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Court in New Jersey rejects workers’ compensation stress claim

On Behalf of | Jul 20, 2012 | Workers' Compensation

Employed individuals may be interested to know of a recent decision made by a New Jersey court. A former employee of a bank brought a claim regarding workers’ compensation disability benefits. She asserted that she was suffering from a psychological illness in connection with her employment. This was eventually struck down by the court.

In the end, the court supported their decision by stating that the evidence provided by the former employee did not fulfill the requirements. To prevail, she would have had to prove that “objectively verified work stressors” contributed to her disability. She would also have to prove that these work stressors were a “material cause” of her illness. According to the court, she failed to fulfill this burden of proof.

The petitioner stated that while she worked as a bank teller, her supervisor made her job incredibly stressful by giving her an impossible amount of work and screaming at her constantly. She believes these actions made her job incredibly stressful, so stressful that a psychiatric claim was permissible.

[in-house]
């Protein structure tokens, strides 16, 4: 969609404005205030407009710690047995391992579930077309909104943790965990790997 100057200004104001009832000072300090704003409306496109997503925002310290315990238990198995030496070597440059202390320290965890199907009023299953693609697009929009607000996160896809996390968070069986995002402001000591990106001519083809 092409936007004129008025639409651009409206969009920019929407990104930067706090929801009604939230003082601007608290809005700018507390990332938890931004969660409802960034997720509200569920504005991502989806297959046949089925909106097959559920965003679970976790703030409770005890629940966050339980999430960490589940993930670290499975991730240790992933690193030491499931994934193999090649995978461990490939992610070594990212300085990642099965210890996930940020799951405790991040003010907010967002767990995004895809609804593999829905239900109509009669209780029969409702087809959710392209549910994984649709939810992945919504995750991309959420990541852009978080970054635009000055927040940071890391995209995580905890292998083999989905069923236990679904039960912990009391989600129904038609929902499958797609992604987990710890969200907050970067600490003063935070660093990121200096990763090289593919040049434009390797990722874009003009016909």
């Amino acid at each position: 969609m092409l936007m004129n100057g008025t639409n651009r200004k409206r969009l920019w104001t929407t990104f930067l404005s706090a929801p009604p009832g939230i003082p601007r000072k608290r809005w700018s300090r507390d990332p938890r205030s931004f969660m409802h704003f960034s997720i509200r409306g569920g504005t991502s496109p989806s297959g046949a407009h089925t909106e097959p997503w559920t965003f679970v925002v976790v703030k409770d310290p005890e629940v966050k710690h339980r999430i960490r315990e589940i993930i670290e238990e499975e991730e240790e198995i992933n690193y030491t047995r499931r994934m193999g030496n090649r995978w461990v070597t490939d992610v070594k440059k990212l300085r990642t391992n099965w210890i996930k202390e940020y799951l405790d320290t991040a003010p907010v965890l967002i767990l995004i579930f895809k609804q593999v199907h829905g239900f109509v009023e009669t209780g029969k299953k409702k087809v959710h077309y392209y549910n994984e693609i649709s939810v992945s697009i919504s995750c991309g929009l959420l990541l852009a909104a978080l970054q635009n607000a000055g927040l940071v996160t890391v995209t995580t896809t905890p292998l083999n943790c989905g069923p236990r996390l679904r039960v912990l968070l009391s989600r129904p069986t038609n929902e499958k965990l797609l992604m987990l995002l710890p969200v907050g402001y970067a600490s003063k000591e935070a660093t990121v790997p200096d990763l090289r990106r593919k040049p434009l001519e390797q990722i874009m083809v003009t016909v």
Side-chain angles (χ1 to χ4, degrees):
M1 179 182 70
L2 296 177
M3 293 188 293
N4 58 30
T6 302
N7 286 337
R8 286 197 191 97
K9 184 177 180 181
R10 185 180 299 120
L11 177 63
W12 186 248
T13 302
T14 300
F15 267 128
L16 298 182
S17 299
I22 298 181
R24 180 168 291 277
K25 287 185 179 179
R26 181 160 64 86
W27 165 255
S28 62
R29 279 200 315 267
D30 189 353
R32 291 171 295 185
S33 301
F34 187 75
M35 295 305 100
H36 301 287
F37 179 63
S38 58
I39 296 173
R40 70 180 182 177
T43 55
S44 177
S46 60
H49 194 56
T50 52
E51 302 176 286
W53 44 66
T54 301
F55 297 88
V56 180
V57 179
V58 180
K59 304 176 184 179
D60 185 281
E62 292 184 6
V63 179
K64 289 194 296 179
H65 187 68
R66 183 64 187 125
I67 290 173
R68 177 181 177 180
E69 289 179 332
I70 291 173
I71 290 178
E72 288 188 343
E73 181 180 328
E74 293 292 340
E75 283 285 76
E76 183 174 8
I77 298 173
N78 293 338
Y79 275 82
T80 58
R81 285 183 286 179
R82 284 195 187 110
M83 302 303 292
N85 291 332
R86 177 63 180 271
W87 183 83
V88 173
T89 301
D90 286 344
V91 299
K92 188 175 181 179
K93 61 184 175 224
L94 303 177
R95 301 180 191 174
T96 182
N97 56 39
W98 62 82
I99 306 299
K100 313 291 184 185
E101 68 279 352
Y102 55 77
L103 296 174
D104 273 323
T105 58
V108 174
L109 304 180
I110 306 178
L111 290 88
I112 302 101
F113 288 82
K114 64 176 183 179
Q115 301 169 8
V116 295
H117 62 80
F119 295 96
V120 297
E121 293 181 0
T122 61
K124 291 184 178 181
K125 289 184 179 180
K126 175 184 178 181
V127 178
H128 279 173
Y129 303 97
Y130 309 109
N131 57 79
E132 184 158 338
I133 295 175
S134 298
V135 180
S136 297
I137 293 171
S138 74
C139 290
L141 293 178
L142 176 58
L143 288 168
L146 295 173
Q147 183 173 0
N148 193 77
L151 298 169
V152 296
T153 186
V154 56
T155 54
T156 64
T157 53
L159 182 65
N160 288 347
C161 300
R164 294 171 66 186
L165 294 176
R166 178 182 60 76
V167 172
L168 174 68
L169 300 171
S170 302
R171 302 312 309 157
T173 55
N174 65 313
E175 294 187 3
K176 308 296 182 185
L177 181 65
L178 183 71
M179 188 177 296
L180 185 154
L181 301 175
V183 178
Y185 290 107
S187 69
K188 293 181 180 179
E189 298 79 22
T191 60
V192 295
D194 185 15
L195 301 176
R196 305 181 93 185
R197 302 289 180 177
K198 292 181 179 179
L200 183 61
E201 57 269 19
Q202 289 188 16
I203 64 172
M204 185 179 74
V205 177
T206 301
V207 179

According to the petitioner, she had received a number of fairly positive annual work reports through the years. Later, however, she was given a negative review. Soon after, she left her place of employment.

After this incident, she filed for the disability benefits discussed in the claim. She asserts that her mother’s deteriorating health did not play a role in her decision to quit; instead, she contends the psychiatric stress caused by her supervisor was to blame. She also offered three witnesses at trial who supported this story.

Unfortunately, the court felt her witnesses told inconsistent accounts of what took place. Much of their testimony even contradicted her story.

In the end, the court felt she simply did not fulfill her burden, as she did not offer medical evidence supporting the notion that “objectively stressful work conditions” led to her psychiatric troubles. Therefore, her workers’ compensation psychiatric claim was struck down.

Source: Insurance Journal, “N.J. Court Rules on Workers’ Compensation Occupational Stress Claim,” July 2, 2012